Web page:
Photographer: Simon Dawson/Bloomberg

The U.K. Propped Up Europe's Ailing Solar Market Last Year

  • Solar developers rushing for subsidy expanded U.K. market
  • Europe market grew for first time since 2011, trade group says

If it wasn’t for the U.K., Europe’s solar power market would have flat-lined last year, according to new industry figures that reveal the world’s biggest market for the technology is struggling to retain its scale.

On Friday, the continent’s largest solar market will end generous subsidies for solar farms, undermining growth in one of the region’s few bright spots. The European solar market will start contracting next year as a result, according to SolarPower Europe, a trade group that is publishing a report on the industry this week. The industry has been in decline in recent years as Germany, Italy and Spain slashed subsidies and shifted to market-based support mechanisms for renewables.

European solar grew by 15 percent last year, mainly because the U.K. market grew by about half. “Without the enormous growth in the U.K., the European solar market would have remained roughly at the 2014 level,” the report said.

The findings suggest more pain ahead for the continent’s solar industry, since U.K. Prime Minister David Cameron said he would close the Renewable Obligation Certificate subsidy program on April 1 for solar farms smaller than 5 megawatts. Germany, for years the biggest PV market in the world, is moving to a system of auctions where support for renewable power is subject to strict limits.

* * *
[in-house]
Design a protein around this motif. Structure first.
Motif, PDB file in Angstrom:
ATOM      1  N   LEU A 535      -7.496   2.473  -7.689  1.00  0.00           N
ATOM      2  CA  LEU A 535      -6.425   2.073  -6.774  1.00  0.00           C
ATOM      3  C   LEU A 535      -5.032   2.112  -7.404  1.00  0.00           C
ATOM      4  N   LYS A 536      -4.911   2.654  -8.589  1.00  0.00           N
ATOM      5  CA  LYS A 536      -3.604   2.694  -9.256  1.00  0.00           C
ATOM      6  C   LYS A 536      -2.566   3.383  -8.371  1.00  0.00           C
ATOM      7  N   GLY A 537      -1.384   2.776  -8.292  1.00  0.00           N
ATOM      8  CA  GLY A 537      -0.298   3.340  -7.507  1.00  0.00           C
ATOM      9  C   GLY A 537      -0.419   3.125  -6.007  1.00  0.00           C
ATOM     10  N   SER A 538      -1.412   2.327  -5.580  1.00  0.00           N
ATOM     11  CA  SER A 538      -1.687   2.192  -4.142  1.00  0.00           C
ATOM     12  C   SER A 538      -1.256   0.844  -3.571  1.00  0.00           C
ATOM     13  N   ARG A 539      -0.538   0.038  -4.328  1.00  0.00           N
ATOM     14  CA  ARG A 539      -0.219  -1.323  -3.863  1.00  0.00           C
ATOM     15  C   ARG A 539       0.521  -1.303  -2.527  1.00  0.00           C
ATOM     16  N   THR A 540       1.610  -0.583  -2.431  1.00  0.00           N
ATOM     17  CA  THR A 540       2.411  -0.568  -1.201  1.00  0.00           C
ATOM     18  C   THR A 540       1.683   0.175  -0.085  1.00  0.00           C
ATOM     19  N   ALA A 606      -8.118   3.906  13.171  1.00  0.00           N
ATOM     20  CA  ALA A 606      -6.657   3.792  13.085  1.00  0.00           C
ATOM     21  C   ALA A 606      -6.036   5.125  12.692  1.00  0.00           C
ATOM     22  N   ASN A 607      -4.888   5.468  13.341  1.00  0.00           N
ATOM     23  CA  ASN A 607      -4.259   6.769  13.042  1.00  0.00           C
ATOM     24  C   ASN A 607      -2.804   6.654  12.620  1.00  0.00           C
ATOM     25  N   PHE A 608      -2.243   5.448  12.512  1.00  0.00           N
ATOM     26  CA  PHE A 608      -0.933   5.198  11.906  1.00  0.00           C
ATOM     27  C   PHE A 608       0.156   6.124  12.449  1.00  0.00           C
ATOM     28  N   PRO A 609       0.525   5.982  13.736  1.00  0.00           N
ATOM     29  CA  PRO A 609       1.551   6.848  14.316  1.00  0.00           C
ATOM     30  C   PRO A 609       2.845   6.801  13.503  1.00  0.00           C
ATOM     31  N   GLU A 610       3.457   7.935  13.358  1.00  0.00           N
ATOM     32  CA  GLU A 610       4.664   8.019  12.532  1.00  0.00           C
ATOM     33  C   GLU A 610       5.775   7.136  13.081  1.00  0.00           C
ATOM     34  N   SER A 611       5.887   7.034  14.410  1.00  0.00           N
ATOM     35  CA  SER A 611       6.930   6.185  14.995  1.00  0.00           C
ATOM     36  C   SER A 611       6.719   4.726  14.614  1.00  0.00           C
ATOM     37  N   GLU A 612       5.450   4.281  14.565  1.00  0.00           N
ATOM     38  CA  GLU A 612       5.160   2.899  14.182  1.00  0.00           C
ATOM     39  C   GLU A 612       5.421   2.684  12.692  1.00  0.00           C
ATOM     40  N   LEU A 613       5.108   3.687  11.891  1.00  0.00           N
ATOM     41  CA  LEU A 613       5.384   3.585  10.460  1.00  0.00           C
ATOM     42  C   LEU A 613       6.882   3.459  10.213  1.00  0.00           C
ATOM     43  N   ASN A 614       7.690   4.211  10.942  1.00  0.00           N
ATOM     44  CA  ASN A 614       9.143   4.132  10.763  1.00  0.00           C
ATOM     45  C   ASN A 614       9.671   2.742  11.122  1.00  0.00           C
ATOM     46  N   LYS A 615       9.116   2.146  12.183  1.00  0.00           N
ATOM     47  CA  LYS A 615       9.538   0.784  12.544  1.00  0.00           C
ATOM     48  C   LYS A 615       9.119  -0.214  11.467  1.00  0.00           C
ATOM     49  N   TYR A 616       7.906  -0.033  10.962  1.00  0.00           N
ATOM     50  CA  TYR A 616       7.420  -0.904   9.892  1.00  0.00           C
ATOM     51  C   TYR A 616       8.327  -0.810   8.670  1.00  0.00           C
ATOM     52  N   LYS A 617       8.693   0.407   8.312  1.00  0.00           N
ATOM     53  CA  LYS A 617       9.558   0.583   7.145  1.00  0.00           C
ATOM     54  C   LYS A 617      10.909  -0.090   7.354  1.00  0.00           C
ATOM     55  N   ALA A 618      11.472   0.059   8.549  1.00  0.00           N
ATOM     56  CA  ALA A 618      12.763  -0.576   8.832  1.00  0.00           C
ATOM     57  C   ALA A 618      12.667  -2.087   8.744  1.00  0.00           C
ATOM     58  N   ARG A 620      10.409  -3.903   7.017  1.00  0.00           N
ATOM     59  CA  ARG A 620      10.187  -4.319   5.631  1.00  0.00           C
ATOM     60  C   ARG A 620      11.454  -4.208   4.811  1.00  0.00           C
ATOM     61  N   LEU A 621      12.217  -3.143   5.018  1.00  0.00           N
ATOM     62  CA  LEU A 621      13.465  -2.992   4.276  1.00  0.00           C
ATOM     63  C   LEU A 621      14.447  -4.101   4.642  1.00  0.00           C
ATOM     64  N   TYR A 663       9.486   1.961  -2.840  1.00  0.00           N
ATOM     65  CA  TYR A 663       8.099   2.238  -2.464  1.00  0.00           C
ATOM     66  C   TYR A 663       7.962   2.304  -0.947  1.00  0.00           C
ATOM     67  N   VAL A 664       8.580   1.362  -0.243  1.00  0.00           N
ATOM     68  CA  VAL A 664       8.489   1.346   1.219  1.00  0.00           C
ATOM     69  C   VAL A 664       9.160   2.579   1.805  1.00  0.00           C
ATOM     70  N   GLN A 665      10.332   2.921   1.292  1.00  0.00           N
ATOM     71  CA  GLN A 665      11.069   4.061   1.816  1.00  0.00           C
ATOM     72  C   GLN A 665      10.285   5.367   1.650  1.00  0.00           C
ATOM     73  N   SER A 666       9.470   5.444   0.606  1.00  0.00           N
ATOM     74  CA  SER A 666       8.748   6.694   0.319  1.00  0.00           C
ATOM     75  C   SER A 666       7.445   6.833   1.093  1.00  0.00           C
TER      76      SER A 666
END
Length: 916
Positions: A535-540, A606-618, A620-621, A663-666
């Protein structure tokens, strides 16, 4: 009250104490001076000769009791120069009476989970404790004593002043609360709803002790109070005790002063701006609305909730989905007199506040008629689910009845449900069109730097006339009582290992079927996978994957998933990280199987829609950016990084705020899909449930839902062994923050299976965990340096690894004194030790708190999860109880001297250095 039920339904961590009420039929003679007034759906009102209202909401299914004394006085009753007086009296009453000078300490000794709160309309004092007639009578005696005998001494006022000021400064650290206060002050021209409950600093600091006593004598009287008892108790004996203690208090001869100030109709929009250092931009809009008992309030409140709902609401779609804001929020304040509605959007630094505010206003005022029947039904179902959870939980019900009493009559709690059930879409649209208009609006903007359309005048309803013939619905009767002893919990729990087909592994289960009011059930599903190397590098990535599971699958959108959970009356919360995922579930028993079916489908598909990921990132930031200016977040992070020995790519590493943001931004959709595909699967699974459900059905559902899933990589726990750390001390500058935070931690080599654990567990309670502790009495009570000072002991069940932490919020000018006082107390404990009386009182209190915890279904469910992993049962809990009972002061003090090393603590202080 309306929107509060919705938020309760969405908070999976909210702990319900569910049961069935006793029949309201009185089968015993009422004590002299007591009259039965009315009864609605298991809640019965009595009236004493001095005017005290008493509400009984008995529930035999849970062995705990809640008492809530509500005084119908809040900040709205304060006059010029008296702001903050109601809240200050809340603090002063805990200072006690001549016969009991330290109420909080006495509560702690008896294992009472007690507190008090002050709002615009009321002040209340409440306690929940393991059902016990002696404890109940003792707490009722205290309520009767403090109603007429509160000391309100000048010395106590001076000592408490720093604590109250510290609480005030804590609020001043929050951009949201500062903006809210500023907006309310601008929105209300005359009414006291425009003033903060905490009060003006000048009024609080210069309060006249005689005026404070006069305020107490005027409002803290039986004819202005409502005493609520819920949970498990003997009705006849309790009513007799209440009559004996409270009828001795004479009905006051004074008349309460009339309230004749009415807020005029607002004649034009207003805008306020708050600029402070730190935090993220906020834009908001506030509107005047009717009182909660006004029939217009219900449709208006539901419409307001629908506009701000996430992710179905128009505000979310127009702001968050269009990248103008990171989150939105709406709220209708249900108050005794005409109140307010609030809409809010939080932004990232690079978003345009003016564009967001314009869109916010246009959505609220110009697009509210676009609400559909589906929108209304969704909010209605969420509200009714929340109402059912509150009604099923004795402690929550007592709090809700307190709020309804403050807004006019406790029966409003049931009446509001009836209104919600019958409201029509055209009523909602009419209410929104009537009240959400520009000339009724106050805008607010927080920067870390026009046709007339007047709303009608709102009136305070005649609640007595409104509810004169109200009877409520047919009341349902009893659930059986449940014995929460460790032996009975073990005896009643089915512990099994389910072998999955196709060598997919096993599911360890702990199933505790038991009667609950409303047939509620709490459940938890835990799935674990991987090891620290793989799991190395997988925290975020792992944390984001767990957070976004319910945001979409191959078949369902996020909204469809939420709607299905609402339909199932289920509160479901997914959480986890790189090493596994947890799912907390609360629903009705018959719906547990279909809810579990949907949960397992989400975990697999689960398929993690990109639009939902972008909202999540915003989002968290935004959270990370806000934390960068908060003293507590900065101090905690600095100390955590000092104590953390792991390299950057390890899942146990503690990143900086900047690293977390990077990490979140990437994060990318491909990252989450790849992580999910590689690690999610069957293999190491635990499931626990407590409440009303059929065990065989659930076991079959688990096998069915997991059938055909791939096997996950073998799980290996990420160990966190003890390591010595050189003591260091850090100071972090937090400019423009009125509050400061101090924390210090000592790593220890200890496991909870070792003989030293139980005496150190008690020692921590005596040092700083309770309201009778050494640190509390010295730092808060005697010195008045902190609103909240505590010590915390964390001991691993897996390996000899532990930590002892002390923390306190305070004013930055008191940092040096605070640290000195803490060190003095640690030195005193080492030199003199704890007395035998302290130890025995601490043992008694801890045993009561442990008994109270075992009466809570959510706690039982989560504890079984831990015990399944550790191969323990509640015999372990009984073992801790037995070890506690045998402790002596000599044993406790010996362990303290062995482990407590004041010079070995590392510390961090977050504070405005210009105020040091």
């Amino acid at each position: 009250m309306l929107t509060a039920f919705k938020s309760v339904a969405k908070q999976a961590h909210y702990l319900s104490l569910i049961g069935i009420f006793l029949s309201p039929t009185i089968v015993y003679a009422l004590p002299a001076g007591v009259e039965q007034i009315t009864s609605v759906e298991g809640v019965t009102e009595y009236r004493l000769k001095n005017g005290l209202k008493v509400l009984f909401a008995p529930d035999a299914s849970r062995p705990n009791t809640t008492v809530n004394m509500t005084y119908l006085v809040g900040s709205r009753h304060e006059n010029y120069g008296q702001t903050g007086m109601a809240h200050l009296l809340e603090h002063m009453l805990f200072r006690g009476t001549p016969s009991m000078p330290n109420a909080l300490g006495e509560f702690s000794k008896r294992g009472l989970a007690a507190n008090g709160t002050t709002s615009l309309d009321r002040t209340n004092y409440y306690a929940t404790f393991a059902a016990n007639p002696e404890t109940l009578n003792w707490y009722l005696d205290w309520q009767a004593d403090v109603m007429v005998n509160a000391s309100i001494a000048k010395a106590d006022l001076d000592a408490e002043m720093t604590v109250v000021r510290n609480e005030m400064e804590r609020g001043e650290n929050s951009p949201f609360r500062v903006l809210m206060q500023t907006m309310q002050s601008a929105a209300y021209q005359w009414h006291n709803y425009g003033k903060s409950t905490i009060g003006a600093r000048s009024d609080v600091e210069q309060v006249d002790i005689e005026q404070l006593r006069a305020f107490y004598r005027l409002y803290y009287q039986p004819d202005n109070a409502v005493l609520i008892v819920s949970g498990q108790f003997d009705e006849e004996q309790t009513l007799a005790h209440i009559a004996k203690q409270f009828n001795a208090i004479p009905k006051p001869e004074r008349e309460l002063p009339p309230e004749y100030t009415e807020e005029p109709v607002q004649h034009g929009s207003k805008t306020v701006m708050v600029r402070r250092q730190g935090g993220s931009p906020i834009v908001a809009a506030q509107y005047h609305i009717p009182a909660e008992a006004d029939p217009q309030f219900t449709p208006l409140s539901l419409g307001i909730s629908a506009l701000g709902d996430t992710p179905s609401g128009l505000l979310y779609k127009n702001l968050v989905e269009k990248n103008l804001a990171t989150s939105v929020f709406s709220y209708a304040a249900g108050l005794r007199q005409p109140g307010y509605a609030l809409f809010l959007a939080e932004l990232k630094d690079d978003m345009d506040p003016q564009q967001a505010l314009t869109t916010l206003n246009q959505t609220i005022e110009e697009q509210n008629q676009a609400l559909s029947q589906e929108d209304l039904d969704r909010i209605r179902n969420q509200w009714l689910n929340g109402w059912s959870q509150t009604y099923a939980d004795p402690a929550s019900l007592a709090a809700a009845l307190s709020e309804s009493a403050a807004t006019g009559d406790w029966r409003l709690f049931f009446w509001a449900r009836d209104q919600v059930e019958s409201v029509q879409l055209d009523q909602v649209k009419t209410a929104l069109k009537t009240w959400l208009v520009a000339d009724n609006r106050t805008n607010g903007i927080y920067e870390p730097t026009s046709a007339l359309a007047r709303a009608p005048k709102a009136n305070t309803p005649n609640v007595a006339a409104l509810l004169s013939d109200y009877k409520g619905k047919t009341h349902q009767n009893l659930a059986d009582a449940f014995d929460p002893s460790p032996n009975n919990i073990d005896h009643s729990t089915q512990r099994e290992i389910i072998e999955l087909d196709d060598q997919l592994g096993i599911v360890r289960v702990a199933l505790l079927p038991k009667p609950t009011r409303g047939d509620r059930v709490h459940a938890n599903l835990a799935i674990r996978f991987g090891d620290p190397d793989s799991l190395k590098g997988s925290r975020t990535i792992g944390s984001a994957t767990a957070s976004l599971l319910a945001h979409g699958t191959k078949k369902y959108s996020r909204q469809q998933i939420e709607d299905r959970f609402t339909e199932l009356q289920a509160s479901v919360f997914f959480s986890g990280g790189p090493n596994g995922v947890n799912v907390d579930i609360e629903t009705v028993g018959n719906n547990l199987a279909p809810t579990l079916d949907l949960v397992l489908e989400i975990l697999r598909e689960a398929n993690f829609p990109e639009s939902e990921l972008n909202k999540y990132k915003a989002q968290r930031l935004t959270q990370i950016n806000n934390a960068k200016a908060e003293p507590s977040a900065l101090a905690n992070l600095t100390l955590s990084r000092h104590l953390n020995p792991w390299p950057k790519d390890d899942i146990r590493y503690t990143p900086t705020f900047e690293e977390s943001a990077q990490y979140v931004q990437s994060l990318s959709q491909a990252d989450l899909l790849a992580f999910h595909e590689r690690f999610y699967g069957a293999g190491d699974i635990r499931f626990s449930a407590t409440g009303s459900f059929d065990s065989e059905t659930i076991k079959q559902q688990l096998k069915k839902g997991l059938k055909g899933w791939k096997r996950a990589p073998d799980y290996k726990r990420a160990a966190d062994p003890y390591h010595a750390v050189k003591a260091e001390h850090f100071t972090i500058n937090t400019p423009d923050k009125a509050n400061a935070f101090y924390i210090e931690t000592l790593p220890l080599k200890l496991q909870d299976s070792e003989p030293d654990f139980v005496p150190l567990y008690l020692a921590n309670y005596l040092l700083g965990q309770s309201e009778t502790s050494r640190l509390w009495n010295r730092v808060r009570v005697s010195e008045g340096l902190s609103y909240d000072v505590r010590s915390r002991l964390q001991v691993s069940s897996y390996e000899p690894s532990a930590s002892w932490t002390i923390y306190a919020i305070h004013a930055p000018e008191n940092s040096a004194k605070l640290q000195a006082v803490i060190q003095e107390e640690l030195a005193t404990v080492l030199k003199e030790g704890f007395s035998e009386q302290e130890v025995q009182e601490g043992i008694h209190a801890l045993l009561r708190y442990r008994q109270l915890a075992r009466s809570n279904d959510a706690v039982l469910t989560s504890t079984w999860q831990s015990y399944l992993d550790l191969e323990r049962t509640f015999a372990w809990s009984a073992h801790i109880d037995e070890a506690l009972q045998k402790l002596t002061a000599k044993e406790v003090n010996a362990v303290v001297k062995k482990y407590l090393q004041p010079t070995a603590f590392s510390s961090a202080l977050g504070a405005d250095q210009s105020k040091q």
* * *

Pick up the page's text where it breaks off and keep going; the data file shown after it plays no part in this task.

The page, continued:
The U.K. will install 2,000 megawatts to 2,500 megawatts in 2016 because many projects will remain eligible for a grace period for the subsidy, said James Watson, chief executive of SolarPower Europe in an interview. As a result, the European market is likely to contract slightly in 2016 to about 7,000 megawatts, or by 7 gigawatts, he said.

“We will see a very large reduction in growth in the rate of installation in the U.K. in 2017 to about half a gigawatt,” Watson said. “2017 is a wild card because Turkey has set a target to have 5 gigawatts by 2022 so could be installing as much as 1.5 gigawatts a year in 2017.”

With almost 100 gigawatts of installed capacity, Europe remains the biggest user of solar technologies, which on average delivers 4 percent of electricity demand. Growth peaked in 2011 and declined for the next three years as governments took an ax to some subsidy schemes and moved toward tendering systems in others.

The U.K. was among just a handful of countries to record market growth in Europe, scaling up by 50 percent as developers rushed to beat the end of higher subsidies this month. The Netherlands grew by about 25 percent to 400 megawatts after it introduced “net metering” where consumers who generate their own power can sell surplus to the grid.

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